The Word and the Pond
by N.D. Coley
All the world the boy knew was dark, but he did not understand it as darkness, for there had never been anything but shadows-- a world of black and gray and hints of a dull white, but never light. He knew nothing of that word called light save for the myths, and the stories were so old and strange that they were just that, stories, and some people believed them and some people did not. The books told of things other than shadows, but they made no sense to him. Words such as yellow and green and blue and red—stories of how everyone was born as a vapor and drifted about, moving through the shadowy world--passing through its rocks and mountains, wading in streams that felt like nothing.
Feeling—that was another thing, the idea that not everything was a vapor, that when your time was up you put on what the mythmakers called the solid, though some called it the flesh, and in the solid nobody could pass so easily through the rocks and the mountains, and in the sol-id, the waters felt what the storytellers of old called hot and cold. The solid gave one a thing called skin, which would wince and react. The skin had hairs that would stand up, and it could bruise and turn into the strange things called colors, and these old story tellers called this thing pain. Only the solid could feel the pain. These stories were so strange to the boy, as he drifted about among the other vapors, nodding and passing through them, talking about nothing as there was nothing to talk about-- just an endless expanse of shadow and rock.
He passed through a migration of vapors, clustered together out of fear for what was beyond the shadow after the next shadow, and he opened his mouth to speak to them, but a vapor passed through it, and then another, and their eyes all looked down and to the side and nobody wanted to talk to him. He stopped and closed his eyes, feeling the vapors passing through him, going nowhere, hoping that something was beyond the nowhere, and he felt sad and thought that if there was a thing among the solids called the cold, that this was most certainly something like it. He passed through the migration on his own. That is all he knew.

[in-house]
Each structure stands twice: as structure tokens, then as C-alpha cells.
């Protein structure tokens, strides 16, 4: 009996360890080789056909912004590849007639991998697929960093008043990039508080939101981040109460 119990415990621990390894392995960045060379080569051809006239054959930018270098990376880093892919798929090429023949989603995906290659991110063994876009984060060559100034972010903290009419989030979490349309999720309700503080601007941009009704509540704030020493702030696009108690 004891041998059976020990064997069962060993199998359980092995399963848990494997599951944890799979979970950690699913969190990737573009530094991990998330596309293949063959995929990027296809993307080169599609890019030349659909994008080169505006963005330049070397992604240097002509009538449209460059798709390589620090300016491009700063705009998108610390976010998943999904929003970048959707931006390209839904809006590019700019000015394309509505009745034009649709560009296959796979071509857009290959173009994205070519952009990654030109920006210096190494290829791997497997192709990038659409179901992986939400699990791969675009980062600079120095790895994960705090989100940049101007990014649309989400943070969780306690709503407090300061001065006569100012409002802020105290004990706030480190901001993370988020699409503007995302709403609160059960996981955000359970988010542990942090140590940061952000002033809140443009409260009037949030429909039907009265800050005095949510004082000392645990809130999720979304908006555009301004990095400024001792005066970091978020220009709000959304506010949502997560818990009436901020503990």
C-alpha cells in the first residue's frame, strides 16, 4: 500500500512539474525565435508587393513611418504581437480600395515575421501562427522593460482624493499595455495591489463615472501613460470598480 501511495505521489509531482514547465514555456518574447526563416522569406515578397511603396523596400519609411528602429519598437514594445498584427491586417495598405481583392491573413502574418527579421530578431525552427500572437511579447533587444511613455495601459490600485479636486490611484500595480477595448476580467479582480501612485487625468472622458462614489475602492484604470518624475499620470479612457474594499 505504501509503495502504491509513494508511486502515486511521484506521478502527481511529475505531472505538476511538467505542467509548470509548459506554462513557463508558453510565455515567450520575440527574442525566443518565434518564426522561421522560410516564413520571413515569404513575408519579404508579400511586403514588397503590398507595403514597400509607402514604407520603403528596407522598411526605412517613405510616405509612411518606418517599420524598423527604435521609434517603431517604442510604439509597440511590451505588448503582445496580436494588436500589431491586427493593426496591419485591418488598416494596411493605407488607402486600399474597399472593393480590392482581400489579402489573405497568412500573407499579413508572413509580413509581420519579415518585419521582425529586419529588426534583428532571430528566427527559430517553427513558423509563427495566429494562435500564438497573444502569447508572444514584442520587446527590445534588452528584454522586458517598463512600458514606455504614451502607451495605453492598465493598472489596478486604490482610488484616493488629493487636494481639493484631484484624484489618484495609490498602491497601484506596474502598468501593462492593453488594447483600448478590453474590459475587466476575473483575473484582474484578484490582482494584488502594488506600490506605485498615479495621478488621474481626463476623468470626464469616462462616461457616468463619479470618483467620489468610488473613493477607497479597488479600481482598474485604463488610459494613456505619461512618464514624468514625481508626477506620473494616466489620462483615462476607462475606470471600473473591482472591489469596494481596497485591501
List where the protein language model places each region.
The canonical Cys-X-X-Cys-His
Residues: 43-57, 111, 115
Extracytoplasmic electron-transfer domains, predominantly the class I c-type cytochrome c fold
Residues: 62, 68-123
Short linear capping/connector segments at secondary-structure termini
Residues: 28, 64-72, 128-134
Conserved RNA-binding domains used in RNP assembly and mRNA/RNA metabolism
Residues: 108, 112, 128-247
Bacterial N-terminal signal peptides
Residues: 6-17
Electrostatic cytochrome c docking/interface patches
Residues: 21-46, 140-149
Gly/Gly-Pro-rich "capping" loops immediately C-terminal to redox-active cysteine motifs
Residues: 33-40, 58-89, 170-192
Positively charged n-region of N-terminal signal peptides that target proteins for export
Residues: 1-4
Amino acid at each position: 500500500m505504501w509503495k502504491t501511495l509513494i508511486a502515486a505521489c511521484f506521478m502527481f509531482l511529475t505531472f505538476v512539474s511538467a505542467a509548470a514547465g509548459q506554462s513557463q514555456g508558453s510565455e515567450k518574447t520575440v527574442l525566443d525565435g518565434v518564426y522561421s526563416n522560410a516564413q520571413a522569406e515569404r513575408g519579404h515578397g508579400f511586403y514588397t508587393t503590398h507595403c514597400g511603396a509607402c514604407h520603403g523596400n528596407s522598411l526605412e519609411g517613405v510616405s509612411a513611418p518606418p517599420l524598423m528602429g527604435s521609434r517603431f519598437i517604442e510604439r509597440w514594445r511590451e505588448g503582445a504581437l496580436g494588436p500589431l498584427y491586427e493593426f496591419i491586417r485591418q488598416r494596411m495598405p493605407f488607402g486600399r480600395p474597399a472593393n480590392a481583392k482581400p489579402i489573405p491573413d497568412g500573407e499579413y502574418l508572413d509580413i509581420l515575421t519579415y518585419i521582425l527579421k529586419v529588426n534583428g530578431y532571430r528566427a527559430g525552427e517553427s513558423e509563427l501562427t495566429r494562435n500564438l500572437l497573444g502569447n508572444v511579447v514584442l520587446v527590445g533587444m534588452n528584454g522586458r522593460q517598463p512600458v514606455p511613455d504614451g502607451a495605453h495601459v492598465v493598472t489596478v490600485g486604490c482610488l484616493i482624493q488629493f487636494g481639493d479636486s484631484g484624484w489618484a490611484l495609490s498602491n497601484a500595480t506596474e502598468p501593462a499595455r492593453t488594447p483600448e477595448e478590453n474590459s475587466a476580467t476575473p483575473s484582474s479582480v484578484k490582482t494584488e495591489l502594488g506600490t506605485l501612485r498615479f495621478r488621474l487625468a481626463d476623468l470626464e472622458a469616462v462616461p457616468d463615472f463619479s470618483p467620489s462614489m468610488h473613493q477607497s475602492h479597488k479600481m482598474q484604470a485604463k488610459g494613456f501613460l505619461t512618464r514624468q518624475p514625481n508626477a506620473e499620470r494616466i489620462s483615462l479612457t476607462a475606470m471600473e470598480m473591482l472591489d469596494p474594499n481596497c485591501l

I don’t like it when people don’t believe me. My mum doesn’t believe me, and that would be fine if she didn’t make me turn out the light all the time, but she does and that frightens me, because when she turns out the light my room gets colder and my bed sheets aren’t soft anymore. They feel rough and unwashed, and when I pull them over my head I feel cold. When mum turns out the lights I can feel the wind, only it’s not wind. It can’t be wind. The windows are closed. The house isn’t drafty. At least I don’t think it’s drafty. It never feels that way when the lights are on. Mum tells me it’s fine.
There’s nothing under the bed. She turns off the light and sometimes all of that stuff comes back. Sometimes it doesn’t. I can always hear her weeping when she goes back to her bed, though. She still thinks about that bad day. I wish I could help her not think about it, but I think about it, too, and the worst thing is when I feel the bad day and hear the whispers.
I wish mum could hear the whispers under the bed. I listen until I begin to whimper, and when she turns on the lights they go away, and so does the wind, and so does the cold, and I ask her to turn out the light and just stay with me. Mum never does. Mum doesn’t believe me.